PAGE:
Featured

What Conor McGregor’s Retirement Announcement Means Whether It’s Real or Fake

In a pretty shocking turn of events, Conor McGregor took to social media to announce his second retirement from MMA.

I’m not so sure that I believe this, but it could very well be real. Currently, McGregor is suspended by the Nevada State Athletic Commission until April of this year for his part in a brawl following his main event loss to Khabib Nurmagamedov at UFC 229 in October 2018.

Recently there have been lots of rumors surrounding who would be Conor’s next opponent. For a while, it looked like it would be Donald “Cowboy” Cerrone, but after the UFC reportedly wanted it to be the co-main event to a Heavyweight championship bought this summer, Conor backed out.

I mean let’s be real, did Dana White really think the biggest pay-per-view draw in UFC history would be a co-main event? Not a chance.

Even more recently, McGregor and longtime rival, Nate Diaz, had been having a nice little back and forth on Twitter and it was starting to look like fight fans might finally get the long-awaited trilogy fight between the two lightweight greats.

In the last few weeks, Diaz tweeted these out.

The first obviously a shot at McGregor with the shamrock emoji and landing a shot about his loss to Khabib. The second referring to the weight Diaz would want to fight Conor at.

And of course, the Notorious had his response.

Obviously, the two were acknowledging each other and igniting the rumor mill around a possible trilogy fight. Then, just ten days later, McGregor retired.

I just don’t know if I buy it.

Conor has done this before. Coincidentally before the second time him and Diaz met at UFC 202, which went on to be the highest selling UFC PPV of all-time, until McGregor-Khabib broke the record at UFC 229.

Folks, we are dealing with an absolute marketing genius here. McGregor is the biggest PPV draw in the history of the sport and he knows how to drive interest not only around himself, but around the sport as well.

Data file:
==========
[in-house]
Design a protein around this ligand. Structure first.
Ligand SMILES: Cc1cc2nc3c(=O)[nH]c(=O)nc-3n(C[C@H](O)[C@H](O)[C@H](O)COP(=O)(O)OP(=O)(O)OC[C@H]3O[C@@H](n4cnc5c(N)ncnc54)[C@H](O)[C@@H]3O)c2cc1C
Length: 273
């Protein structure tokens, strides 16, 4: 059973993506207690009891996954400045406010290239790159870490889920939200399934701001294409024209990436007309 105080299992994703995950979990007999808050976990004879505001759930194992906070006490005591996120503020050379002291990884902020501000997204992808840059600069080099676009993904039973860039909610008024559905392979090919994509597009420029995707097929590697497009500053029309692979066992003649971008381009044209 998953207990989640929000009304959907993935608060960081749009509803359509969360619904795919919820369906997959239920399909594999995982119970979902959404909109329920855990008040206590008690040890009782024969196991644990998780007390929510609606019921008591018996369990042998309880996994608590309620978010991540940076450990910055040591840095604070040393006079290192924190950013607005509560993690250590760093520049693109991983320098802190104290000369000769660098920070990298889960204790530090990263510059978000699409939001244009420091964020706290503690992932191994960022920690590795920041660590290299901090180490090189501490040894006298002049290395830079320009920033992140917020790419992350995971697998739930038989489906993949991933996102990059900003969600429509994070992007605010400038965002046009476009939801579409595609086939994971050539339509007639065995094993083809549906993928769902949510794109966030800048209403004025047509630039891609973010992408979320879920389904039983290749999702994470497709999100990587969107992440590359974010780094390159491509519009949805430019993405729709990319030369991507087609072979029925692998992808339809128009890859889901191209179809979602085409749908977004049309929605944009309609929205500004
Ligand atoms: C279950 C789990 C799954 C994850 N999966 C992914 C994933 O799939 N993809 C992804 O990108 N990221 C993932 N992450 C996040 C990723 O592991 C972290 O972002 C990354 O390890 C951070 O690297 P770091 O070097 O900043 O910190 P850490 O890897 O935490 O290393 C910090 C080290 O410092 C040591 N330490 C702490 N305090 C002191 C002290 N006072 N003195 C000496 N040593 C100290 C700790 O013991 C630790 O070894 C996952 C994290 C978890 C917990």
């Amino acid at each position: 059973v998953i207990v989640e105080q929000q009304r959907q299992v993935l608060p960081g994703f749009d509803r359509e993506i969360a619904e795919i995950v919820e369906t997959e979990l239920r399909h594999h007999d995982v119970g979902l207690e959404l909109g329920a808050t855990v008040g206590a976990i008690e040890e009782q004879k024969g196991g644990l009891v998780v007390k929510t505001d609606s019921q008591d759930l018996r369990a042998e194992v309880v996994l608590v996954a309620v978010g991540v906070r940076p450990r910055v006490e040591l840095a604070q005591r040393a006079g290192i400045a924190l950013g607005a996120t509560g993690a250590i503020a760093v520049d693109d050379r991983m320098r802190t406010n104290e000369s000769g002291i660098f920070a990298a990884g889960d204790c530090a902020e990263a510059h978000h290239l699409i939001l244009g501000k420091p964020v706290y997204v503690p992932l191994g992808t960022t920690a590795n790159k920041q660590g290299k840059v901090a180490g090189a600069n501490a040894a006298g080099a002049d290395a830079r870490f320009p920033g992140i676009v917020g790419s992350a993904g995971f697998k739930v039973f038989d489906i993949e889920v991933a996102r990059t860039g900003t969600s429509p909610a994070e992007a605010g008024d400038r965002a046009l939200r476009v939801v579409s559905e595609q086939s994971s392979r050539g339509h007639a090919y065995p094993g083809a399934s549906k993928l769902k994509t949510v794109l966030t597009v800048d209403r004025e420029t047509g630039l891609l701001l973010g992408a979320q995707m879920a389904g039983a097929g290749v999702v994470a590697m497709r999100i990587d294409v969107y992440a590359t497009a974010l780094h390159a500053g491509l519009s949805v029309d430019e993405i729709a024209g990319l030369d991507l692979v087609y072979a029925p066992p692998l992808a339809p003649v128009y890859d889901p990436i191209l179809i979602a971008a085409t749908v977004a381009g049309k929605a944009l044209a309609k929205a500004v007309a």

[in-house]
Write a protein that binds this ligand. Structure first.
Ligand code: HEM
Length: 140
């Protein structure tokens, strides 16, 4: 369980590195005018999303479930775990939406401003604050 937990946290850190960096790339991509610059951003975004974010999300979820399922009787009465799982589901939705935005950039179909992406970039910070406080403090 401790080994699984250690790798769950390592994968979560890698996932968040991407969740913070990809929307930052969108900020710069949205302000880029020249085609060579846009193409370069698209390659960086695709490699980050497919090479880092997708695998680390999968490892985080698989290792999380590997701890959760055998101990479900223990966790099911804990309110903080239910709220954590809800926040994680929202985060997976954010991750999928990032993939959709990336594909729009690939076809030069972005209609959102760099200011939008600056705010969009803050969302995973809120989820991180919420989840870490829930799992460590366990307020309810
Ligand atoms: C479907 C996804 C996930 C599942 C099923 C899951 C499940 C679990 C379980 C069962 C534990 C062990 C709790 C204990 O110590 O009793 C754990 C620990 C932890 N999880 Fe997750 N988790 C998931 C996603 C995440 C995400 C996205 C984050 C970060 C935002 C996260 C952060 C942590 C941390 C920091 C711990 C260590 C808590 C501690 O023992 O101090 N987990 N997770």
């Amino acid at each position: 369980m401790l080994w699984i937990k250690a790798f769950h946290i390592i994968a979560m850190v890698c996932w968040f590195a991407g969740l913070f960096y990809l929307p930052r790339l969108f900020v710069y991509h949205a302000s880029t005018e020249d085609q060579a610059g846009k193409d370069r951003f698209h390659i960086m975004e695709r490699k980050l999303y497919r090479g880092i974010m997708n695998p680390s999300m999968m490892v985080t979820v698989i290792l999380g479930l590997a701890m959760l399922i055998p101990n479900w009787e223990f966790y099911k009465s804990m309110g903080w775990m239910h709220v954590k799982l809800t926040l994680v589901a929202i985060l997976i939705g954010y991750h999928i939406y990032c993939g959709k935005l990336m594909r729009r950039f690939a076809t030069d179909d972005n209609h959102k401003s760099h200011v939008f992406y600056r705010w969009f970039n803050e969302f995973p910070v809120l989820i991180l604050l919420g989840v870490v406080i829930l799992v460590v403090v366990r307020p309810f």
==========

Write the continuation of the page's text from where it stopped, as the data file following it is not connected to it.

The guy has been posting training photos on the regular for the past six months, he seems to be more motivated than ever to be at the top of the UFC. I know he is making handfuls of cash from his Proper Twelve Irish whiskey, but this guy is one of the most competitive fighters ever. So don’t be shocked if this is all a ploy to drive up the PPV numbers.

But, just incase this is real…

I need to take the time to acknowledge the absolutely legendary career that Mystic Mac has had. He came onto the scene and dismantled the lightweight division. He literally transcended the sport. He was the first “Champ Champ.” He paved the way for the goal of all champions now. He helped bring in hundreds of thousands of fans and he entertained like no other.

Let’s start with his resume, McGregor has beaten some of the best talents in the world. The Notorious has wins over:

Max Holloway

Dustin Poirier

Chad Mendes

Jose Aldo

Eddie Alvarez

Nate Diaz

His only two losses in the UFC were to Nate Diaz, the first time they fought, and Khabib Nurmagamedov, who is considered the best wrestler in UFC history. Both losses were by submission.

McGregor is a deadly striker and has the most wins by knockout without being knocked out himself (7).

Probably the most impressive win on his resume was when he defeated Jose Aldo for the undisputed Featherweight title at UFC 194. Aldo was considered the greatest featherweight of all-time. Before the loss to McGregor on December 12, 2015, Aldo had not lost since November 26, 2005.

In what is the fastest finish in UFC title fight history, McGregor snapped Jose Also’s 10-year and 18-fight win streak in just 13 seconds.

This video is a clip of that championship fight from the documentary on Conor called, Notorious, which you can watch on Netflix and Youtube Movies.

McGregor was also one of the best promoters the sport has seen. Chael Sonnen was one of the first major trash talkers in the sport. Conor took what Chael did and brought it to a whole other level. He is a master on the mic and would take every chance he got to get a good verbal jab in at an opponent. Press conferences during fight week and in the earlier stages of promotion (which are usually free for fans to attend, by the way) were must watch anytime McGregor would be there. Albeit most likely late, he would always show up.

Some of the more memorable moments being him showing up late, Nate Diaz getting pissed and leaving and then the two throwing water bottles across the crowded room.

My favorite part might be Dana White acting irritated when in his head all he was thinking about was the money this fight was going to bring in. Which it definitely did when it sold for a record 1.6 million.

Another favorite moment of mine was when he held his hands behind his back in the middle of the second round in his Lightweight title super fight against Eddie Alvarez.

Courtesy MMAfighting.com

McGregor went on to knockout Alvarez a little over a minute and a half later to become the first fighter in UFC history to hold championships in multiple weight classes simultaneously.

Even if this is for real and we never see McGregor in the octagon again, he left a lasting legacy as one of the most dominant fighters and one of the baddest dudes to ever walk the planet. The swagger, the trash talk, the Irish brogue, and the absolute destruction he left behind him, Conor McGregor is and forever will be a UFC legend.

 

Click to comment
To Top